Fred Morrison was born and raised near Glasgow, but it’s the celebrated Gaelic piping tradition of his father’s native South Uist, in the outer Hebrides, that forms the bedrock of his intensely expressive, uniquely adventurous style. His outstanding technical prowess saw him winning many top competition prizes while still at school, meanwhile being inspired by pioneering acts like the Bothy Band and the Tannahill Weavers. Although his first-love instrument remains the great Highland bagpipes, over the years his mastery has expanded to encompass whistles, Scottish smallpipes, or reelpipes – Morrison being a pivotal populariser of this once-rare variety – and Irish uilleann pipes. He was also one of the first Scottish artists to forge dynamic links with his Celtic cousins in Brittany and north-west Spain, adding further to his repertoire of influences and tunes, and has long been renowned as an outstanding tune composer.
During the 1990s, as well as releasing his superb debut solo album The Broken Chanter, Morrison was a member of both the landmark Scottish supergroup Clan Alba and contemporary Celtic stars Capercaillie, featuring with the latter in the Hollywood movie Rob Roy. He has since pursued a diverse array of collaborative and solo projects, meanwhile releasing two more albums: the unanimously-lauded The Sound of the Sun, in 2000, and 2003’s dazzling duo set with Irish bouzouki ace Jamie McMenemy, Up South.
Recent career highlights range from his record-breaking seventh victory in the 2004 Macallan Trophy competition at Brittany’s Lorient Festival to the world première of his first orchestral composition Paracas: Rhapsody of the Gael – a 90-minute work performed by over 100 musicians – as the opening concert of Glasgow’s Celtic Connections festival in 2005.
2006 year saw the launch of Morrison’s very own signature instrument, the Fred Morrison Reelpipes, which have swiftly become a popular choice among today’s top players.
The City of Regina Pipe Band
The City of Regina Pipe Band has been Saskatchewan's champion pipe band since 1992, and has also won prizes in the North American Pipe Band Championship, and at Highland Games across Canada and in the Pacific Northwest USA. In 2005 and 2006, the band extended its reach with performances at the Glasgow International Piping Festival in Scotland, and at Highland games there, where it won prizes in the Grade 2 events. In summer 2009, the CRPB was named "Best Pipe Section" at the Montreal Highland Games, and also won the Canmore Highland Games, as well as prizes at a number of others. In 2010, the band once again travelled to the UK after a successful season locally, and it performed at the Glasgow International Piping Festival, the "Pipes of Peace" Festival in Glasgow, the World Pipe Band Championships, and also at the Perth Highland Games, where it won the Grade 2 band event and was chosen winner of the "Provost's Cup" for Best Band on Parade. As well as it's significant competition and performance schedule, the band plays a key roles in teaching the Conservatory of Performing Arts Pipe Band, and in organizing the Regina Highland Games, the Mid-Winter Celtic Festival, the Ceilidh in the Park event, and the Saskatchewan Pipe Band Association's annual summer school "Sound Advice," held each summer at the University of Regina.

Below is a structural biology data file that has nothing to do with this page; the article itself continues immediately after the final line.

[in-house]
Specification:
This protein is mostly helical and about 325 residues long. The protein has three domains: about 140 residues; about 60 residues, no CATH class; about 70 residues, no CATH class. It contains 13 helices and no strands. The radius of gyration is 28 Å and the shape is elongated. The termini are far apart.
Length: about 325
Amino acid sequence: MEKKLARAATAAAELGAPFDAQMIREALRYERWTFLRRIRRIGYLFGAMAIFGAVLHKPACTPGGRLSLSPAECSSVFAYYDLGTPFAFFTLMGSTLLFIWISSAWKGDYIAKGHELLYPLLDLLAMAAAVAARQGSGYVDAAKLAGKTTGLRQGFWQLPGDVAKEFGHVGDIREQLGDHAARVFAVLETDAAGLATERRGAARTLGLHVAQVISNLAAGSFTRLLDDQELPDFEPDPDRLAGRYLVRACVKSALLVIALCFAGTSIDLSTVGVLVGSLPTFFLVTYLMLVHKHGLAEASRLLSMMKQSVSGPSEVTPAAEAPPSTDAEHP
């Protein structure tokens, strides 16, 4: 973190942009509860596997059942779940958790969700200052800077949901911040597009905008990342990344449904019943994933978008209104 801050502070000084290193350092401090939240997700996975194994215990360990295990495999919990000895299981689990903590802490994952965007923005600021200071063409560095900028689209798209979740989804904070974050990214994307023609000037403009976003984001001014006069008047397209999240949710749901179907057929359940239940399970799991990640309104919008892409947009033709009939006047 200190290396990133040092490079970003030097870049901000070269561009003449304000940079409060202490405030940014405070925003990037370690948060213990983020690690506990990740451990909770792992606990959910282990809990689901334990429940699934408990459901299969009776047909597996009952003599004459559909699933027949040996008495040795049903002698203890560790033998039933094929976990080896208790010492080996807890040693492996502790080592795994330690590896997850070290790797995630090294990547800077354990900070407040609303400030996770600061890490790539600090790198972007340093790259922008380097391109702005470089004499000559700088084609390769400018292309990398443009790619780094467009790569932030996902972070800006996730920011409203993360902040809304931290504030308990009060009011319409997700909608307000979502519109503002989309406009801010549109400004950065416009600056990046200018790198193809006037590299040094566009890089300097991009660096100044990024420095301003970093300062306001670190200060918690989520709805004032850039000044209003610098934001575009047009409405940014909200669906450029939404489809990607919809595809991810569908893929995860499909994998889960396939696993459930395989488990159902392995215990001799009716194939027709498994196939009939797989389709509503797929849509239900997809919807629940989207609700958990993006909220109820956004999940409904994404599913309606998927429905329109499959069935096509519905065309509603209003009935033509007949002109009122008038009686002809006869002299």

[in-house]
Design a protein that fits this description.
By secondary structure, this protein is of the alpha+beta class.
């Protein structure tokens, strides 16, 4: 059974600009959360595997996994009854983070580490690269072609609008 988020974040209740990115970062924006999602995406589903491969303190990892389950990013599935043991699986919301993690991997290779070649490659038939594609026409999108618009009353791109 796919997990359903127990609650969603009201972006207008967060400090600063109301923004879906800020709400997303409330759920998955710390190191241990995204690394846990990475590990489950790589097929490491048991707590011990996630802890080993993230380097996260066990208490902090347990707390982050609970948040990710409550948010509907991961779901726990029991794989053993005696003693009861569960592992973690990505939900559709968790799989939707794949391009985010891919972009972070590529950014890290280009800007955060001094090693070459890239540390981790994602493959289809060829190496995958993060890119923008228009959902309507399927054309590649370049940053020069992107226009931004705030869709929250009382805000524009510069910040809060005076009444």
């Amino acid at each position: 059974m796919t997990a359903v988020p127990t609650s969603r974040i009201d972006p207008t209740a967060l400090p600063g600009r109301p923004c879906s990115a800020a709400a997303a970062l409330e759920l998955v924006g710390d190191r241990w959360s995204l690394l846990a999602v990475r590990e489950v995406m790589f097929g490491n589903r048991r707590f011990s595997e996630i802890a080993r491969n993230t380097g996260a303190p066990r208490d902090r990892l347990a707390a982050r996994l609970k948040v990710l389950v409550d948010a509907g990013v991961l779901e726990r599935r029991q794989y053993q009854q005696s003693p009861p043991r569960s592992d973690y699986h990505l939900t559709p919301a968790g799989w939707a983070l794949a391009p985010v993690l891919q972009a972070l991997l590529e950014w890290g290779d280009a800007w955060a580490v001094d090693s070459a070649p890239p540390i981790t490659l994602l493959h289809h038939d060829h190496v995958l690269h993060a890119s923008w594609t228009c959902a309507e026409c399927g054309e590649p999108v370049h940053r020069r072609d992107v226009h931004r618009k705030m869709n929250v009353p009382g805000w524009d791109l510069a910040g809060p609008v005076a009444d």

The band performed at Piping Live!, The Glasgow International Piping Festival in August 2012, as well as at Highland Games in Canada and Scotland, and in 2013 was the best grade 2 band at the Winnipeg, Brandon, Moose Jaw, Regina and Canmore Highland Games. The band was 2nd at the Calgary Highland Games, and 5th at the North American Championships in 2013. On August 14, the band played in front of over 44,000 home-town fans as a backing to Sir Paul McCartney for his "Mull of Kintyre."
In 2014, the band performed at many Highland games across the country, including 4th place in the Grade 2 North American Championships and 1st place at the Montreal Highland Games.